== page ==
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I took a “Vacation Tour” across 13 states as a fifth grader during the summer of 1953. It was a journey I’ve never forgotten even though in reality I hardly left home except for almost daily trips to the South Community Library with my best friend and fellow traveler, Roxy.

Best of all, the journey was free, and we could move at our own speed, unhampered by parents or other adults.

The library, built in 1952 at 16th Street and Park Avenue, was five blocks from our homes at 16th and Travis streets, so it was a simple matter to get there by bike or on foot. Either way, we were on a journey, checking out and reading our way through the children and teen sections as rapidly as possible.

My total for the summer was 62 books. I know that for a fact because the books I read are listed on the back of the “Vacation Tour” map of the United States that I’ve kept all these years along with other bits of memorabilia from my childhood.

The books were listed by author and title and logged on by the librarian who checked our progress each time we returned the latest pile of books. Some titles from the list include “Custer’s Last Stand,” “Cowboy Joe of the Circus,” “Steamboat South,” “Venture West” and “Lassie Come Home.” There also are lots of biographies, likely from a series for young people that were a quick read and easily recognized by their orange covers. Among the titles were: Pocohantas; Davy Crockett, Robert E. Lee, A. Lincoln, Abigail Adams, Jane Adams, Babe Ruth and Lou Gehrig, and George Washington.

I do not remember Roxy’s total or the books she read, but I’m betting her list was about the same as mine.

The South branch, its fate in question during the last year due to budget concerns, continued for years to be our go-to place for everything from books for pleasure to information for school papers. While Encyclopedia Britannica graced the shelves in many homes back then, my family was less fortunate and only got a Funk & Wagnall’s much later in my life when the local IGA was selling them one each week as an in-store promotion.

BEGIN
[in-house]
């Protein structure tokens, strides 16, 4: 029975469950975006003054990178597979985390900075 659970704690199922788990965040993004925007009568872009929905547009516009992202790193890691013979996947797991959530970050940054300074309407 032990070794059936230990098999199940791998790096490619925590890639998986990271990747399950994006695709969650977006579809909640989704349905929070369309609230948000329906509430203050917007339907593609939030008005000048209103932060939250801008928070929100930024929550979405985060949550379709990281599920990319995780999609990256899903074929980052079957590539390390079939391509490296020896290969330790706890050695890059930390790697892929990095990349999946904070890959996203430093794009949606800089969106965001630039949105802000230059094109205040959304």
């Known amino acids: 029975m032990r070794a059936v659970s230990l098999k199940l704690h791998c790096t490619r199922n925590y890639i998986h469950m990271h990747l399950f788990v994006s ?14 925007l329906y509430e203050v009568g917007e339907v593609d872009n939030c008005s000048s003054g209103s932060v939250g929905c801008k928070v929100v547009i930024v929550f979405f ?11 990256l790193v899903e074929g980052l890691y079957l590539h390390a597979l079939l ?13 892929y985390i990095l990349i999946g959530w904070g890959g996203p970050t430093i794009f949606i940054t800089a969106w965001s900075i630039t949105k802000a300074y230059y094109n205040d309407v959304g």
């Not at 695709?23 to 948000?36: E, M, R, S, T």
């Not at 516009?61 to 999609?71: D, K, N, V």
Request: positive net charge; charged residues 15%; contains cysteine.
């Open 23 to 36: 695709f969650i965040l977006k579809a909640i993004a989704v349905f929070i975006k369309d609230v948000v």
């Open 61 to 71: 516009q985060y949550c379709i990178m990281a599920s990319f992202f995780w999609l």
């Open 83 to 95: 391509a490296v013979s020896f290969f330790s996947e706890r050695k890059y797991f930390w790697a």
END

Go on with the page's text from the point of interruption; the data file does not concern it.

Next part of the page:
My first encounters with the South branch occurred when it was still located in an old World War I barracks in Powell Park along West Avenue. At the time we lived on Johnson Street, about two blocks from the park and easily walkable even for 5- or 6-year-olds. Humble by today’s standards, the library then was a place of mystery. Silence was the rule, and it was strictly enforced.

The books filling the shelves were a wonder to see, but best of all was the stereoscope viewer and photo slides that resided on a low table along the back wall with chairs just the right size for young children. The slides themselves were an eclectic collection of scenes of lands and people from faraway places that had a three-dimensional effect when viewed through the stereoscope lens.

The times have changed radically since those days, and libraries have changed with them. The books, the encyclopedias and other reference materials still are there, but these days there are banks of computers available for public use and even the card catalog and checkout are electronic.

With television, home computers and smartphones so accessible, it may seem like today’s children can “travel” the world without the help of a library. But if you ask any librarian or any kid at any local library they likely will tell you that a library is still a place of infinite possibility and adventure. And being able to walk there is a bonus, especially in neighborhoods where not every kid has his or her own computer or electronic tablet or even a parent able or willing to provide transportation.

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Gayda Hollnagel covered education and religion for the La Crosse Tribune before retiring in 2006. She also is co-author of “A History of La Crosse, Wisconsin, in the Twentieth Century: Reinventing La Crosse Again and Again.”

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Digital news editor

(1) comment

allcav

Libraries aren't "free," except from maybe a fifth grader's perspective.

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